Saturday, October 29, 2011

10K the Army ROTC Way: SIUC 5K Run/Walk and 10K Run

Today I ran the SIUC Army ROTC 10K race. Here are my observations:

1) I haven't run as many 10Ks as I've wanted to, simply because that race length isn't offered a lot where I live. There are lots of 5Ks (usually charity races), but 10Ks are few. This race, sponsored by my university's Army ROTC unit, is in its third year. It consisted of a 5K Run, a 5K Walk and a 10K Run. Prior to the race, I spent some time looking at the Illinois Patriot Guard's Fallen Heroes Wall, a traveling exhibit of all the young men and women from the state whose lives were cut short by the Iraq and Afghanistan Wars. A sobering sight--so many young beautiful faces looking out from that wall. By the way, a portion of the proceeds from this race will go the Anna Illinois Veterans Home, so that was something to be proud of and feel good about.

2) The race gave out some sweet swag: a Camelback water bottle and a technical shirt with the winners of last year's races on the back, all in a black tote bag.

3) The 10K runners were lined up a distance behind the 5K runners, and the walkers were lined up after the 10K folks. I thought we were going to have staggered take off times because of this, but we all started at the same time.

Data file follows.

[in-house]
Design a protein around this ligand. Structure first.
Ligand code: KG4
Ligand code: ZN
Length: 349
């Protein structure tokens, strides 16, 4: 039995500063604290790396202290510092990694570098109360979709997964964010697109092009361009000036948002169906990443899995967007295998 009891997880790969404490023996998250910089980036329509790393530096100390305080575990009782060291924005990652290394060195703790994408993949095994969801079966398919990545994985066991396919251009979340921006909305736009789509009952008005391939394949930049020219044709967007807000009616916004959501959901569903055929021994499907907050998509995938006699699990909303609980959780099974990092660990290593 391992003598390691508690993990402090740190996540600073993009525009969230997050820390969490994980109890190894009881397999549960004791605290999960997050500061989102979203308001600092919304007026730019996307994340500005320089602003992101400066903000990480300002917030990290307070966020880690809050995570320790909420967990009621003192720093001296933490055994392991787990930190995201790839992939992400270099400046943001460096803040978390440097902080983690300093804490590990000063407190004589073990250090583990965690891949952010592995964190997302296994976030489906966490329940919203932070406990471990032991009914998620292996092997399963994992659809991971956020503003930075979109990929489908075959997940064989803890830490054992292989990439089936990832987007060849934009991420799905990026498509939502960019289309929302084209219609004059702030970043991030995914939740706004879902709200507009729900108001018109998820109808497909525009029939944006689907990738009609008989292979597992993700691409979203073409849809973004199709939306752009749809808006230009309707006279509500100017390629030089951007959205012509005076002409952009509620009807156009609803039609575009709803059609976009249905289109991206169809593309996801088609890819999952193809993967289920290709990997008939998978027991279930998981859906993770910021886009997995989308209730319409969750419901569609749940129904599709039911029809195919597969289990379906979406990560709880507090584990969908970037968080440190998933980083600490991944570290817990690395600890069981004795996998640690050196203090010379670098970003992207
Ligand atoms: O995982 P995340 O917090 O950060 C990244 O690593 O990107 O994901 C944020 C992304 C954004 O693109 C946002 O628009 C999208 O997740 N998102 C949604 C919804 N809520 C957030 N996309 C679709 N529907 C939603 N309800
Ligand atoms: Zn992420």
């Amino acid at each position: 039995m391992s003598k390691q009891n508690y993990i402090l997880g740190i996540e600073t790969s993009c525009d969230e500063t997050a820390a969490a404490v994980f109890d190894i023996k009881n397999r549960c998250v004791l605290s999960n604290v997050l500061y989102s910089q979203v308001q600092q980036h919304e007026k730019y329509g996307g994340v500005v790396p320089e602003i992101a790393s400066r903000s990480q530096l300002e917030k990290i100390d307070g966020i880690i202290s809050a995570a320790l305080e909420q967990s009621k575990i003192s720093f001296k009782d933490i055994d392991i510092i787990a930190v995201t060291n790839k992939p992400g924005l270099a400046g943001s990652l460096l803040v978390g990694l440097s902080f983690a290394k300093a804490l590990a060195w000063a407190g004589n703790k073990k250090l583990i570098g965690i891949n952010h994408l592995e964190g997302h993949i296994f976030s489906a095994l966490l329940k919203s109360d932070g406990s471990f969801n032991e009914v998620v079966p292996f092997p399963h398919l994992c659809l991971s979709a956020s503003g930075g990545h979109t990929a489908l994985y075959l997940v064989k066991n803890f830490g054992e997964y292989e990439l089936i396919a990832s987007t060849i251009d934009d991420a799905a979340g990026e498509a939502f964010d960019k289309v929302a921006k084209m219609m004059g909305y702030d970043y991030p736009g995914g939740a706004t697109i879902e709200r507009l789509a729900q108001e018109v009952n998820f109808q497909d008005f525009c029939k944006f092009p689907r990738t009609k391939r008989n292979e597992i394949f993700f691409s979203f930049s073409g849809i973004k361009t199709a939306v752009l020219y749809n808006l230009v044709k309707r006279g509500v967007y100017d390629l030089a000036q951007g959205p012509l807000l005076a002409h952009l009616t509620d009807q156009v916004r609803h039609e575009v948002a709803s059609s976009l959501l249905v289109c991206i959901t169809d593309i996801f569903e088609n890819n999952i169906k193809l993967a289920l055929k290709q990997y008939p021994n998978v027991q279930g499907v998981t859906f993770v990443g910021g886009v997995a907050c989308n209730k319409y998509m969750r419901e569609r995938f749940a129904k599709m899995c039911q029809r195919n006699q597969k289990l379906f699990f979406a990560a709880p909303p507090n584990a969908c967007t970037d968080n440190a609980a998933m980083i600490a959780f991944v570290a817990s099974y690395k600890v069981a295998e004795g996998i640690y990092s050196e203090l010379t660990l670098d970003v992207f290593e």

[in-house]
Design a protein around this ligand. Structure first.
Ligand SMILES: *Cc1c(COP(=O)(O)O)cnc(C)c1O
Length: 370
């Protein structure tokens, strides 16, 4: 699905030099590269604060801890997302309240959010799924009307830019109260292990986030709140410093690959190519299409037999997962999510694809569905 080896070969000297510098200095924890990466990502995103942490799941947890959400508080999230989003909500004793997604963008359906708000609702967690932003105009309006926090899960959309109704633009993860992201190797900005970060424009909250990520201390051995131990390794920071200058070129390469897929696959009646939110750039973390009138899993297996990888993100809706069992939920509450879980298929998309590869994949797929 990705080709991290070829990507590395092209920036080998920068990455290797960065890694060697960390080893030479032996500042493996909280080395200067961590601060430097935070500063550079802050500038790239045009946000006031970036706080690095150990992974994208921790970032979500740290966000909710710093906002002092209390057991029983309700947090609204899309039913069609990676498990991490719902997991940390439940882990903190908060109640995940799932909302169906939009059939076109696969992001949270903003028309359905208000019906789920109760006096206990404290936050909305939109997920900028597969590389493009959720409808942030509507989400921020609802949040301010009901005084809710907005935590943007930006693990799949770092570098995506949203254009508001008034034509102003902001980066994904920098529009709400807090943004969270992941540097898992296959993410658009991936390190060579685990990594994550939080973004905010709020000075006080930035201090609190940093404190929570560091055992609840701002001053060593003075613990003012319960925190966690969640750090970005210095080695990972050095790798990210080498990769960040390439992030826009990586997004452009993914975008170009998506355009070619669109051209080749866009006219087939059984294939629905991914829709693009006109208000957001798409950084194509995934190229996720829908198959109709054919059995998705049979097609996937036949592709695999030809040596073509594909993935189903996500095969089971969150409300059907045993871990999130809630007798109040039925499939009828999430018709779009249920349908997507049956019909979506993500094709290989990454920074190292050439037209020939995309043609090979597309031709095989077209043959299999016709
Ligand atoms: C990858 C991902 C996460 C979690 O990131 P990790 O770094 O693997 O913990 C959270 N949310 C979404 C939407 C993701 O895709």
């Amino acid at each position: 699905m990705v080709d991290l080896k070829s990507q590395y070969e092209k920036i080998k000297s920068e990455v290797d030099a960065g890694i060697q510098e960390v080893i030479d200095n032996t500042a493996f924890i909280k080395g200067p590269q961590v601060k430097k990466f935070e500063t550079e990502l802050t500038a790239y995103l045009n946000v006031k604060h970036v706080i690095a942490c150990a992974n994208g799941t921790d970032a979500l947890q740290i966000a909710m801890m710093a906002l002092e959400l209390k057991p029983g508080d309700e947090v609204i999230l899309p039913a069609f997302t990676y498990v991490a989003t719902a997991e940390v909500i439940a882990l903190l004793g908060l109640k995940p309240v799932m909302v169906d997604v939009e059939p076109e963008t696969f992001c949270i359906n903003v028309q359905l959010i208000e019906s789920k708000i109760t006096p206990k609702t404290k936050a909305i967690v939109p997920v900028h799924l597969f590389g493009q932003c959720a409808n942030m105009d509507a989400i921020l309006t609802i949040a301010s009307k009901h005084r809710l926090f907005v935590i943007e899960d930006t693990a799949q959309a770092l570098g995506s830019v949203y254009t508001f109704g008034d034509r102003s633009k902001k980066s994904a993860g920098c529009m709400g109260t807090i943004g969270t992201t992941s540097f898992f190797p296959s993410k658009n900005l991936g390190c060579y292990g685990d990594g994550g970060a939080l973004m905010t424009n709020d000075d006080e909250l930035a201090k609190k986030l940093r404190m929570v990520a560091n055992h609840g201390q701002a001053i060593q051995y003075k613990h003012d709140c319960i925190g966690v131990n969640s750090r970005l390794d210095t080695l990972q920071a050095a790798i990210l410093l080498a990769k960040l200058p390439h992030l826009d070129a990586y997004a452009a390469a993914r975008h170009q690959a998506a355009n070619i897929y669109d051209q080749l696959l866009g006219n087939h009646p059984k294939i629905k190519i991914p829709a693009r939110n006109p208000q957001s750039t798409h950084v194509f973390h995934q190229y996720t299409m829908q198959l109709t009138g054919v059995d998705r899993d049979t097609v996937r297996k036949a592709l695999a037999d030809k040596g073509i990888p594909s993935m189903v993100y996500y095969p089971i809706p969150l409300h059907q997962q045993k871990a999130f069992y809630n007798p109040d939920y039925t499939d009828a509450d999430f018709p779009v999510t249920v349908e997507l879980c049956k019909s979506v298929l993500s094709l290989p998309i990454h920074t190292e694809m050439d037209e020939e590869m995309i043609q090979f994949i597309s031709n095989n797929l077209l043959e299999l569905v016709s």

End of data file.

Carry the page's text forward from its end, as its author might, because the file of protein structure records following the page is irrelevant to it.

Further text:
4) The alternate name for this event could have been Cadet Fartlek. The cadets were stationed along the course to direct us and encourage us. So I was basically running from one cadet to the next, asking for directions (I am way directionally challenged). The biggest challenges on the route were the two pedestrian bridges on campus--we ran up one on the way out and came back on the other as we headed back to ROTC headquarters on campus.

5) I finished first in my age group and got a PR. I was pretty certain that I came through the chute at 53 minutes, which would have been fabulous. At the award ceremony, the captain in charge of the race read my time off as 54:03, which would still be a PR, but I wouldn't be as happy with it. Did he transpose the numbers? Did I see the time on the electronic sign wrong? The announced time for the gentleman I was following was 52:14 and I finished behind him. So 53 minutes makes sense to me. This was not a chip-timed race, by the way. I know I shouldn't get obsessed with time, but like a lot of runners, I am. 53:04 sounds a whole lot better than 54:03 [NB: Final posted time on 10/30 was 54:03]. And I don't want to deceive anyone about how fast I run--including myself. But I was able to put aside my selfish concern about time long enough to donate to the Fallen Heroes Wall, which is privately funded. Whatever my own personal political views or convictions may be, I wanted to honor those beautiful young faces on that wall, those lives lost.

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